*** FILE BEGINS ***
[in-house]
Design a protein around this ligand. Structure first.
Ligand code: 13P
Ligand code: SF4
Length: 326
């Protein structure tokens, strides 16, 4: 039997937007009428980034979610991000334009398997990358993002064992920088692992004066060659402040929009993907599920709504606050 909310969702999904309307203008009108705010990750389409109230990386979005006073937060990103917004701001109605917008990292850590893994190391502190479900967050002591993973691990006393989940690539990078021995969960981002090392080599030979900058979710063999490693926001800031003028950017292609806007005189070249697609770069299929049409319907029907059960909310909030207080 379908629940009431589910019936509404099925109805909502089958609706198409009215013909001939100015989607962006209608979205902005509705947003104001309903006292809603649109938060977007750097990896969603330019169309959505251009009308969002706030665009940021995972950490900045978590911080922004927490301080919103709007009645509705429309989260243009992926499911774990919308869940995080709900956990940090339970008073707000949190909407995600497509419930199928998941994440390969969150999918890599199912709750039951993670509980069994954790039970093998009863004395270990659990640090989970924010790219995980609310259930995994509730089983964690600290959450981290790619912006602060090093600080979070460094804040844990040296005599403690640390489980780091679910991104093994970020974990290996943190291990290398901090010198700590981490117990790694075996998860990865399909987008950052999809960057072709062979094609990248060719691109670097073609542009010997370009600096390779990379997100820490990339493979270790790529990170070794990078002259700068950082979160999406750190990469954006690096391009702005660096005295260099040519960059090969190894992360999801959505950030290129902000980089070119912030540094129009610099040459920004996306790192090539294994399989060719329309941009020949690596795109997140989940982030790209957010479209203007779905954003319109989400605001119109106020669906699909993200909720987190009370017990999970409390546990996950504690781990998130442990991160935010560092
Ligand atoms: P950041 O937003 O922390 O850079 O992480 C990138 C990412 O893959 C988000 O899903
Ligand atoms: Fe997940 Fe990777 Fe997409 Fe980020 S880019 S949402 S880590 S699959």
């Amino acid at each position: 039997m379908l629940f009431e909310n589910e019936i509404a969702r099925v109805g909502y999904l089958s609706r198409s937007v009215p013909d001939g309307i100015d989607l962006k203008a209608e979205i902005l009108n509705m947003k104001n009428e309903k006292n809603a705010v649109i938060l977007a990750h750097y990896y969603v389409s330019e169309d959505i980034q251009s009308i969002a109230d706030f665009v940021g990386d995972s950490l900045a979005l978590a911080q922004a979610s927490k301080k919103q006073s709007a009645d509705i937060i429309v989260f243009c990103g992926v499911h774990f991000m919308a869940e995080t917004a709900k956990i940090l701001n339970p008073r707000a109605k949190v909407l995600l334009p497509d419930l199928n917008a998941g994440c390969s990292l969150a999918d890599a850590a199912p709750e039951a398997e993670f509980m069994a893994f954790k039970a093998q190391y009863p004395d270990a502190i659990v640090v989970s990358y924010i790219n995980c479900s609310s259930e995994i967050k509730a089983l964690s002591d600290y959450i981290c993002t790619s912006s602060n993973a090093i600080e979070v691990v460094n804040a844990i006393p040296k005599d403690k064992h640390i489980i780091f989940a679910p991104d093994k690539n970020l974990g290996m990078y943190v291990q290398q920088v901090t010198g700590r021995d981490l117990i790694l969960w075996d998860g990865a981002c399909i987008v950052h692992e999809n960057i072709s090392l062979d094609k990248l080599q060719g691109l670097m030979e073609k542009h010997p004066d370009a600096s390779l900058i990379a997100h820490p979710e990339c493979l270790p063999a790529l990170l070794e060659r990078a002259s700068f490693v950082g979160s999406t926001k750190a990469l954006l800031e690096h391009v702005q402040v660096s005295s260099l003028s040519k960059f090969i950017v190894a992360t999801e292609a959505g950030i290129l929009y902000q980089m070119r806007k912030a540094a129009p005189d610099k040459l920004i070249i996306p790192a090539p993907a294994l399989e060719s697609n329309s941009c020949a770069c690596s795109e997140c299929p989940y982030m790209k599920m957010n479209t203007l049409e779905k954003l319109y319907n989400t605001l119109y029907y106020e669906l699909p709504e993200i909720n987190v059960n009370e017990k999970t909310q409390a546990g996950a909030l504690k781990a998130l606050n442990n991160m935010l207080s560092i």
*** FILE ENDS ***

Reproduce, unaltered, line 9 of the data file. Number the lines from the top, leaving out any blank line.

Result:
């Amino acid at each position: 039997m379908l629940f009431e909310n589910e019936i509404a969702r099925v109805g909502y999904l089958s609706r198409s937007v009215p013909d001939g309307i100015d989607l962006k203008a209608e979205i902005l009108n509705m947003k104001n009428e309903k006292n809603a705010v649109i938060l977007a990750h750097y990896y969603v389409s330019e169309d959505i980034q251009s009308i969002a109230d706030f665009v940021g990386d995972s950490l900045a979005l978590a911080q922004a979610s927490k301080k919103q006073s709007a009645d509705i937060i429309v989260f243009c990103g992926v499911h774990f991000m919308a869940e995080t917004a709900k956990i940090l701001n339970p008073r707000a109605k949190v909407l995600l334009p497509d419930l199928n917008a998941g994440c390969s990292l969150a999918d890599a850590a199912p709750e039951a398997e993670f509980m069994a893994f954790k039970a093998q190391y009863p004395d270990a502190i659990v640090v989970s990358y924010i790219n995980c479900s609310s259930e995994i967050k509730a089983l964690s002591d600290y959450i981290c993002t790619s912006s602060n993973a090093i600080e979070v691990v460094n804040a844990i006393p040296k005599d403690k064992h640390i489980i780091f989940a679910p991104d093994k690539n970020l974990g290996m990078y943190v291990q290398q920088v901090t010198g700590r021995d981490l117990i790694l969960w075996d998860g990865a981002c399909i987008v950052h692992e999809n960057i072709s090392l062979d094609k990248l080599q060719g691109l670097m030979e073609k542009h010997p004066d370009a600096s390779l900058i990379a997100h820490p979710e990339c493979l270790p063999a790529l990170l070794e060659r990078a002259s700068f490693v950082g979160s999406t926001k750190a990469l954006l800031e690096h391009v702005q402040v660096s005295s260099l003028s040519k960059f090969i950017v190894a992360t999801e292609a959505g950030i290129l929009y902000q980089m070119r806007k912030a540094a129009p005189d610099k040459l920004i070249i996306p790192a090539p993907a294994l399989e060719s697609n329309s941009c020949a770069c690596s795109e997140c299929p989940y982030m790209k599920m957010n479209t203007l049409e779905k954003l319109y319907n989400t605001l119109y029907y106020e669906l699909p709504e993200i909720n987190v059960n009370e017990k999970t909310q409390a546990g996950a909030l504690k781990a998130l606050n442990n991160m935010l207080s560092i």